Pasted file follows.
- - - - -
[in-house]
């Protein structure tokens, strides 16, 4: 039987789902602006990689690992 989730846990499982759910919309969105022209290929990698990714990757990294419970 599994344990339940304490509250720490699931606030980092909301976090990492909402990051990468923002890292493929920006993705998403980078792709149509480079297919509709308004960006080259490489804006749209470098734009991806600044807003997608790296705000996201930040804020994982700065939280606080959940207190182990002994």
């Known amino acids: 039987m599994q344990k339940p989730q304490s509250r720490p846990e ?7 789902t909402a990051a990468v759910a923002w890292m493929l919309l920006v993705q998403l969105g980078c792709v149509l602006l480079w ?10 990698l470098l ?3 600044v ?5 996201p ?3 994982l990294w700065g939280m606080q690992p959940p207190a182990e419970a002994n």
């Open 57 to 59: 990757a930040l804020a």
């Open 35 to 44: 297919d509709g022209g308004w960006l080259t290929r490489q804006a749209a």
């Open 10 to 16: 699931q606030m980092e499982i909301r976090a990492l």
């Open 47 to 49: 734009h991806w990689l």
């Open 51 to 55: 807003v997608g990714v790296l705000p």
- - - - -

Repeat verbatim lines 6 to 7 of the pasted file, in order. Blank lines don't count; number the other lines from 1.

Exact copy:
């Open 10 to 16: 699931q606030m980092e499982i909301r976090a990492l």
């Open 47 to 49: 734009h991806w990689l």